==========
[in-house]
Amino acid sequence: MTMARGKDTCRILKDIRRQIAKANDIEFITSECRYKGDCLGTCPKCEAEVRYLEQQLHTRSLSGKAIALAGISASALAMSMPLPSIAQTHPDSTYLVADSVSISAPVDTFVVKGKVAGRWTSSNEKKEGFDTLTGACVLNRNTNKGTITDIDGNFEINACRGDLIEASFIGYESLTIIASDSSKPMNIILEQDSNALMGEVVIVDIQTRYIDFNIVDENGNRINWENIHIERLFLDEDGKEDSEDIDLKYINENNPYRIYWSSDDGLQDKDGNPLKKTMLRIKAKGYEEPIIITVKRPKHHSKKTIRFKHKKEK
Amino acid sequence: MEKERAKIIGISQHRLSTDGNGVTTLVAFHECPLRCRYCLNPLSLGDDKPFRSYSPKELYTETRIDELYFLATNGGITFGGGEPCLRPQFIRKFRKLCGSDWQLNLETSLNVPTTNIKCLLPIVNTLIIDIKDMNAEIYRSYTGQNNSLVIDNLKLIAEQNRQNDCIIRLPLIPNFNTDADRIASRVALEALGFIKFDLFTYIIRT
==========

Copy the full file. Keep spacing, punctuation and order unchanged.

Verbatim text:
[in-house]
Amino acid sequence: MTMARGKDTCRILKDIRRQIAKANDIEFITSECRYKGDCLGTCPKCEAEVRYLEQQLHTRSLSGKAIALAGISASALAMSMPLPSIAQTHPDSTYLVADSVSISAPVDTFVVKGKVAGRWTSSNEKKEGFDTLTGACVLNRNTNKGTITDIDGNFEINACRGDLIEASFIGYESLTIIASDSSKPMNIILEQDSNALMGEVVIVDIQTRYIDFNIVDENGNRINWENIHIERLFLDEDGKEDSEDIDLKYINENNPYRIYWSSDDGLQDKDGNPLKKTMLRIKAKGYEEPIIITVKRPKHHSKKTIRFKHKKEK
Amino acid sequence: MEKERAKIIGISQHRLSTDGNGVTTLVAFHECPLRCRYCLNPLSLGDDKPFRSYSPKELYTETRIDELYFLATNGGITFGGGEPCLRPQFIRKFRKLCGSDWQLNLETSLNVPTTNIKCLLPIVNTLIIDIKDMNAEIYRSYTGQNNSLVIDNLKLIAEQNRQNDCIIRLPLIPNFNTDADRIASRVALEALGFIKFDLFTYIIRT